Two operations, and , of an algebraic theory are said to commute if for any matrix of elements, with the number of rows given by the arity of and the number of columns by the arity of , one gets the same result whether one
applies to each column of and then to the resulting row, or
applies to each row of and then to the resulting column.
(We formulate this notion in an element-free way below.)
Note that an operation of arity or always commutes with itself; this is not necessarily the case for higher arities. Commuting nullary operations are necessarily equal.
The operations that commute with a given set of operations in an algebraic theory form a subtheory. The centre of an algebraic theory is given by the operations that commute with all the operations of the theory. An algebraic theory is commutative if every pair of its operations commute. Another way of describing the centre is to say that it consists of those operations which are also homomorphisms; an algebraic theory is commutative if all of its operations are homomorphisms.
Here is a more formal definition, expressed in terms of structure on the monad associated with the algebraic theory.
Here denotes the strength of the monad , and its symmetric counterpart.
is the composite
It is worth checking what this description gives more explicitly. Starting with a pair of elements in ,
(and here we should be considering equivalence classes of such formal operations), the map sends this to
where is the evident operation of arity . In more detail, is the end result of the sequence
Similarly, the map sends the pair to
where is the evident operation of arity .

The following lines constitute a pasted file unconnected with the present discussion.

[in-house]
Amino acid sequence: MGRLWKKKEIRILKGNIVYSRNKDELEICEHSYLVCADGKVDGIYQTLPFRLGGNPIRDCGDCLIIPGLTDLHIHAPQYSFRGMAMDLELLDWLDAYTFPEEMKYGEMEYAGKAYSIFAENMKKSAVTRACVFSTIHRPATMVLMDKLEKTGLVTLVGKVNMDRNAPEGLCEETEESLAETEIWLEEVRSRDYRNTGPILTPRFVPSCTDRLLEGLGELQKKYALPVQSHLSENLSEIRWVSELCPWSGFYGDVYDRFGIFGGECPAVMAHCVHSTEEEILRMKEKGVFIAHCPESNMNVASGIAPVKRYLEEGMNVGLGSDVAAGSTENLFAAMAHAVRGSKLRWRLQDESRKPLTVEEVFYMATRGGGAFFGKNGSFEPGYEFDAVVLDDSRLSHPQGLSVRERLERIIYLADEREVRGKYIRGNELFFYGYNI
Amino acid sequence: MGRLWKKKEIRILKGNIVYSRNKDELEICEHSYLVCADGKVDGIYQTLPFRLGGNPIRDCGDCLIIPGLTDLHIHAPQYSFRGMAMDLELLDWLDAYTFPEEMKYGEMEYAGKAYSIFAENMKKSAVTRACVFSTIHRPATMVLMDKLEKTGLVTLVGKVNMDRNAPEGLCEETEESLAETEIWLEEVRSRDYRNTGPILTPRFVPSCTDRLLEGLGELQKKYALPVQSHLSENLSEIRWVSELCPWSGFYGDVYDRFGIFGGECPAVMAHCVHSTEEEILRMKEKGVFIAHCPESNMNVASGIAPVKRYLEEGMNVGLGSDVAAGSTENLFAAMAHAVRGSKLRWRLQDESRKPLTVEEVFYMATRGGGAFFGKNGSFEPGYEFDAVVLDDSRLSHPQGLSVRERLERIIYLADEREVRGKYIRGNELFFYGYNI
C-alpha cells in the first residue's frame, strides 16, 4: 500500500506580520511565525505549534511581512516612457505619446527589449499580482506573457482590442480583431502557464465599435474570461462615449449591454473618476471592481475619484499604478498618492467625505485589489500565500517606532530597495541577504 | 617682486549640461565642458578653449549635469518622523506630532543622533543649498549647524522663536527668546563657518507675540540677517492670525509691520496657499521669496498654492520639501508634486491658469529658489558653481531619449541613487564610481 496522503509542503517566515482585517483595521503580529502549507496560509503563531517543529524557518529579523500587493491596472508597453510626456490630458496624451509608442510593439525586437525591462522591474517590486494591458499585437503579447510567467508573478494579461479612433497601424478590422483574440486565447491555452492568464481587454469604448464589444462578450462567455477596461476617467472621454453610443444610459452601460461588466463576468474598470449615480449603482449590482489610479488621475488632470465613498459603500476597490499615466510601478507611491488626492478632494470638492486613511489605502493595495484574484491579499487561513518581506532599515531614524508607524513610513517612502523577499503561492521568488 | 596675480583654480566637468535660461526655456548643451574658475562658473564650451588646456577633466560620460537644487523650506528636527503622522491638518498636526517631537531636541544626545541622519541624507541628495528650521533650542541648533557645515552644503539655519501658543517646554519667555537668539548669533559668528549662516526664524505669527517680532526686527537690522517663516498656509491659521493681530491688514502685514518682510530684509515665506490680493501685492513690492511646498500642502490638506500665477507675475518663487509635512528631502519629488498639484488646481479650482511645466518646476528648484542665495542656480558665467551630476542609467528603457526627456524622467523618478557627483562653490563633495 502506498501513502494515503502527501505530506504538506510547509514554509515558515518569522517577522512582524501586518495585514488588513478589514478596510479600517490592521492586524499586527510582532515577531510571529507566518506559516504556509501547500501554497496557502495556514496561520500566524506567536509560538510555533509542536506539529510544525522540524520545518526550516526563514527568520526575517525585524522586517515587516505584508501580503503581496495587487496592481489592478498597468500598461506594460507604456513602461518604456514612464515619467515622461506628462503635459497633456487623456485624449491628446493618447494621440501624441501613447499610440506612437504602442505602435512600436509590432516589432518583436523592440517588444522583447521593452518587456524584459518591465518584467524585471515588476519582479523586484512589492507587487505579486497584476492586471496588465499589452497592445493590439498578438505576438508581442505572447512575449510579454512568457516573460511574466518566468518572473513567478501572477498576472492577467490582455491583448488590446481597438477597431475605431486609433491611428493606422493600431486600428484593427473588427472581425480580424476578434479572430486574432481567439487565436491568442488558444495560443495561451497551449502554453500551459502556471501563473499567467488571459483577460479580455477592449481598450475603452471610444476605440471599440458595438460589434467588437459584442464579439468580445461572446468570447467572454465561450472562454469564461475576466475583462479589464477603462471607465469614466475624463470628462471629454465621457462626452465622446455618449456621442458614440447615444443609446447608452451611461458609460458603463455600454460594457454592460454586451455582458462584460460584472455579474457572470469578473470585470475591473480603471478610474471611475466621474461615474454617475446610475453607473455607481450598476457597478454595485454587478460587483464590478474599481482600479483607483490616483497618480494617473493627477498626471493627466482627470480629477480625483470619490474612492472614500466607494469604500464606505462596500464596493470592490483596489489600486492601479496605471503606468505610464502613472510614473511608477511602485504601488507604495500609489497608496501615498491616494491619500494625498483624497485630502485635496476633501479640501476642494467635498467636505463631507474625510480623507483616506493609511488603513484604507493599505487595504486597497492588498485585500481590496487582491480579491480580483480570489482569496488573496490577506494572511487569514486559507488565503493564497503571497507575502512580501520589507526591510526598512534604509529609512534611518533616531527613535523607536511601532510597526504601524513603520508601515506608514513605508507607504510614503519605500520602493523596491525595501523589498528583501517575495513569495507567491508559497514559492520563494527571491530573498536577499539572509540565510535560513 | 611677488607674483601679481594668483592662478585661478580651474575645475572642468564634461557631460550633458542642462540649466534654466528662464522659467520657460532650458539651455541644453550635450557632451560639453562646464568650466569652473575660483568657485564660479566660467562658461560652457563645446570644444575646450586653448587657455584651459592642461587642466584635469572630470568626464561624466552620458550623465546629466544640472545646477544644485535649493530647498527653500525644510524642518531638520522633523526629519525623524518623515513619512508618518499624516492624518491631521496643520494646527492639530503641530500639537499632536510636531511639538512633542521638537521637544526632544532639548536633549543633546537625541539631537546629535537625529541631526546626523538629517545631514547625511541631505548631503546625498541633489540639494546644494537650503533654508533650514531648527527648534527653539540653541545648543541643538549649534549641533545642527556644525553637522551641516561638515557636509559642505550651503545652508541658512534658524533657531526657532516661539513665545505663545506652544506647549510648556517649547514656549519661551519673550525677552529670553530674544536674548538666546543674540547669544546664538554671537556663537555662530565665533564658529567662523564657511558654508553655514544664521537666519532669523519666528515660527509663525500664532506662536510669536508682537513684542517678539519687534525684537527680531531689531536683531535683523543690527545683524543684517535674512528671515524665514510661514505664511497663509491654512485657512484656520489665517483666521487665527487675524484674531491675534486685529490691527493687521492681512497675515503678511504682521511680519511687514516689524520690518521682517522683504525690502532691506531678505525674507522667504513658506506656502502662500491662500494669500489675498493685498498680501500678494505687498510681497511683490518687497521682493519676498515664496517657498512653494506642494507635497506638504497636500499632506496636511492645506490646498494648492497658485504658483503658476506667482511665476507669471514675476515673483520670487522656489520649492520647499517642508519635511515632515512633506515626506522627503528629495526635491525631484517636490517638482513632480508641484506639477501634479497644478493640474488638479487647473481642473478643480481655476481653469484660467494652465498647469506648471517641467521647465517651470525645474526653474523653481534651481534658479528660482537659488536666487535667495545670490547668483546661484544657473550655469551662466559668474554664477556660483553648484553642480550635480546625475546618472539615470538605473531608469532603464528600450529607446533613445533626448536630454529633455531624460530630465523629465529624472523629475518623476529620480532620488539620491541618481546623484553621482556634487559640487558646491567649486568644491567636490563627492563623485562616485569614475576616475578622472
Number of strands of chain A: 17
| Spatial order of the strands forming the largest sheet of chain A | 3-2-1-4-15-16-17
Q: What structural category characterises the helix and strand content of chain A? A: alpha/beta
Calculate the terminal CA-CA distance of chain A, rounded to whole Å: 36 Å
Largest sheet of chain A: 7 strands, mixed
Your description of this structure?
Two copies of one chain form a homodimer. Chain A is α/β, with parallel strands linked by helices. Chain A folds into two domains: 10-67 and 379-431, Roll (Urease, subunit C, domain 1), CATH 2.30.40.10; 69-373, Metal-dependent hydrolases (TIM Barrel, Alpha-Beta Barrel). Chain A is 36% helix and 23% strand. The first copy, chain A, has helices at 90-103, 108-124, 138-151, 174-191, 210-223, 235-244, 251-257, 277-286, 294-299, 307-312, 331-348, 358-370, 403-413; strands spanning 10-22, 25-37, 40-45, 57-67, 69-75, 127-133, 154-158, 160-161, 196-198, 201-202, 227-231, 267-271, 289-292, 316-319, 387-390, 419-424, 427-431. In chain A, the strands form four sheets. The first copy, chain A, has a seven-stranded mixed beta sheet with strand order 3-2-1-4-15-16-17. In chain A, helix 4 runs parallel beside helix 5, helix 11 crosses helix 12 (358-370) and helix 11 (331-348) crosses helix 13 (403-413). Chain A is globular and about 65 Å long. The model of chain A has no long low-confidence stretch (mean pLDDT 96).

The category of Lawvere theories is endowed with a symmetric monoidal product (called Kronecker product; see Freyd’s article in the references),
whereby -algebras are -algebras internal to -algebras, or equally well -algebras internal to -algebras. A commutative theory is tantamount to a commutative monoid in the symmetric monoidal category .
If and are commutative theories, then their coproduct in the category of commutative theories is .
Commutative theory as monoidal monad
Let be the -monad of a commutative theory. Then the map
as defined above can be shown to be the structure map for a monoidal structure on , i.e., making a lax (symmetric) monoidal functor, and in fact the monad multiplication and unit become monoidal transformations. In other words, we get a monad in the 2-category of symmetric monoidal categories, lax symmetric monoidal functors, and monoidal transformations: a monoidal monad.
In fact, it may be shown that commutative Lawvere theories on are precisely the same things as (finitary) symmetric monoidal monad structures on , as shown by Anders Kock. For more on this, see monoidal monad.
As commutative monoid in a duoidal category
The commutativity of a theory can also be expressed as an abstract property of a monoid in a duoidal category, specialized to the duoidal category of finitary endofunctors.
If are homomorphisms of models (algebras) of a commutative algebraic theory, and is an -ary operation of it, then the function given by sending to is again a homomorphism, which is naturally called . In this way is enriched as a model of the algebraic theory, and we have a closed category of models and homorphisms. Furthermore, this internal has a left adjoint for which the free model on one generator is a unit, so we have a closed monoidal category, in fact a closed symmetric monoidal category.
The Kronecker product of theories was introduced in an article of Freyd:
Peter Freyd, Algebra valued functors in general and tensor products in particular, Colloq. Math. 14 (1966), 89-106.
Recently Nikolai Durov rediscovered that notion for the purposes of geometry (under the name commutative algebraic monad), constructed their spectra (generalizing the spectrum of Grothendieck) and theory of generalized schemes on this basis. There is a generalized version of the Eckmann–Hilton argument concerning commutative finitary monads. Much detail including many examples and further constructions are in his thesis